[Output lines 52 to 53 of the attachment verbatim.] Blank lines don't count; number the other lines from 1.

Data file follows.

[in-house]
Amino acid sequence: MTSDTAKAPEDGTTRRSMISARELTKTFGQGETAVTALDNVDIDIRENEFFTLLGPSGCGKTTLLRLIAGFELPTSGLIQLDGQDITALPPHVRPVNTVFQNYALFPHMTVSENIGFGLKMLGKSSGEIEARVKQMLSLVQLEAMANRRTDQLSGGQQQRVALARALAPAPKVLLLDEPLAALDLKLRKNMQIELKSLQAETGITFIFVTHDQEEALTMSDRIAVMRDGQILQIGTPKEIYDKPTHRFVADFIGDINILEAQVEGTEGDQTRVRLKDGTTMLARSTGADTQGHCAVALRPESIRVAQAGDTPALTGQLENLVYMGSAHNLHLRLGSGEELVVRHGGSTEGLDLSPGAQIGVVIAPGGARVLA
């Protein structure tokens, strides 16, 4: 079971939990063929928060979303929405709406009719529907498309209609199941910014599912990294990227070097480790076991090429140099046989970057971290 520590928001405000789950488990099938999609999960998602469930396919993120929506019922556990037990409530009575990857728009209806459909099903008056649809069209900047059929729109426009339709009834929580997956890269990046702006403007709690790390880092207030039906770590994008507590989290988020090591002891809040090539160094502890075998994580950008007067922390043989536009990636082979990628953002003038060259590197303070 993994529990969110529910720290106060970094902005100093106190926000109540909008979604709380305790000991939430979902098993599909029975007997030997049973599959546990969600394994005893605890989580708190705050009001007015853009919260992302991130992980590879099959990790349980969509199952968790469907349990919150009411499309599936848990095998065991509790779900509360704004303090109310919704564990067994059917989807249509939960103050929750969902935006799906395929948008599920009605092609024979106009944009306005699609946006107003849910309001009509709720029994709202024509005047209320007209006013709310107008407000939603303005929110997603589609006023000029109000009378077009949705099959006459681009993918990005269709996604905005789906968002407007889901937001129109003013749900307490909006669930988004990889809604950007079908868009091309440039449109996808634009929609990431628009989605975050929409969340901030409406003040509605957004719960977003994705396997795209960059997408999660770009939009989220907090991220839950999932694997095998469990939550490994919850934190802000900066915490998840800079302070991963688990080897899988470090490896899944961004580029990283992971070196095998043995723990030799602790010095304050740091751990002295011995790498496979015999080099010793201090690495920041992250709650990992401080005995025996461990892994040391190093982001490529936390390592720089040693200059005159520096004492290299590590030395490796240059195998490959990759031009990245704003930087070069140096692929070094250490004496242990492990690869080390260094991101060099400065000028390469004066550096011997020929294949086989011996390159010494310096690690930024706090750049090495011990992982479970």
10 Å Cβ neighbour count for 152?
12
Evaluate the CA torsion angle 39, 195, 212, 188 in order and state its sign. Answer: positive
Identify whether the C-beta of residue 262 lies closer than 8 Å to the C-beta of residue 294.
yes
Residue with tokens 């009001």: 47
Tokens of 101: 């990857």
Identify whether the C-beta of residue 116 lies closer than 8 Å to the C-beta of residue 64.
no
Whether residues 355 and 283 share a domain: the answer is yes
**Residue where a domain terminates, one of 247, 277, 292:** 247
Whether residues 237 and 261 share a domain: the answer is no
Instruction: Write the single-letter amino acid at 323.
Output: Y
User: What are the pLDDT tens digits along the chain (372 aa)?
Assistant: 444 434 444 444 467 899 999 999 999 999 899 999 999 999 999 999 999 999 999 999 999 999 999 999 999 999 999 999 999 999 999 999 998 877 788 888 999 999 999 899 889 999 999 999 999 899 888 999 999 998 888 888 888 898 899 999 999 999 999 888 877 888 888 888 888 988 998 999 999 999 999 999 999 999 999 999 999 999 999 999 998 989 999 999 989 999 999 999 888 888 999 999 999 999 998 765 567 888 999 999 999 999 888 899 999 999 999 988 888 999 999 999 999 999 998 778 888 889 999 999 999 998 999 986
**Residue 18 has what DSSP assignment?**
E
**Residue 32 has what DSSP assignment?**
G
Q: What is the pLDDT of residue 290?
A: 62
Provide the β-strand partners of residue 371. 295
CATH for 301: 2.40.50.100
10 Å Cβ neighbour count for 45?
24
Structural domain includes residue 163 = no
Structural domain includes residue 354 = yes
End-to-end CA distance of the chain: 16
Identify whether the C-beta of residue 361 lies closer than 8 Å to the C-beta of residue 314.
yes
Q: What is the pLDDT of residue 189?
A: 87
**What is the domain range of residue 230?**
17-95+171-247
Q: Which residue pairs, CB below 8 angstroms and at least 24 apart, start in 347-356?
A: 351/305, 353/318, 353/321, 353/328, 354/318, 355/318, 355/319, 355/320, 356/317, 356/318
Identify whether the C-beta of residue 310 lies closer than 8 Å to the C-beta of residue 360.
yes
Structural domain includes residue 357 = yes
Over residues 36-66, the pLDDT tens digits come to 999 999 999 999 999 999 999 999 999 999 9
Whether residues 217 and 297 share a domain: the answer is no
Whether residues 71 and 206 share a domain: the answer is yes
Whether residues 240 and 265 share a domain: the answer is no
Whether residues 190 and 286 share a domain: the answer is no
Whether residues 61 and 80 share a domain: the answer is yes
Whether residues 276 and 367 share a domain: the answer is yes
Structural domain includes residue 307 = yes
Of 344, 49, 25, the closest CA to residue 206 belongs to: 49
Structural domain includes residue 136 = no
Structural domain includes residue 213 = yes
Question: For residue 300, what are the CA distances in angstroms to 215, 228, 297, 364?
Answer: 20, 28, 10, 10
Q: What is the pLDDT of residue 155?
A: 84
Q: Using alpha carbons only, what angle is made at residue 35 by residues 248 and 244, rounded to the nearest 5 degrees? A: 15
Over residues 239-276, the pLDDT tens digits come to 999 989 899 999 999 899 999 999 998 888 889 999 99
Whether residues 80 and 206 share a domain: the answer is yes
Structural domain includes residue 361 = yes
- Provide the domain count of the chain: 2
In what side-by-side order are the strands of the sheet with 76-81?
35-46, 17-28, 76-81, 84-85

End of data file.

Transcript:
Of 344, 49, 25, the closest CA to residue 206 belongs to: 49
Structural domain includes residue 136 = no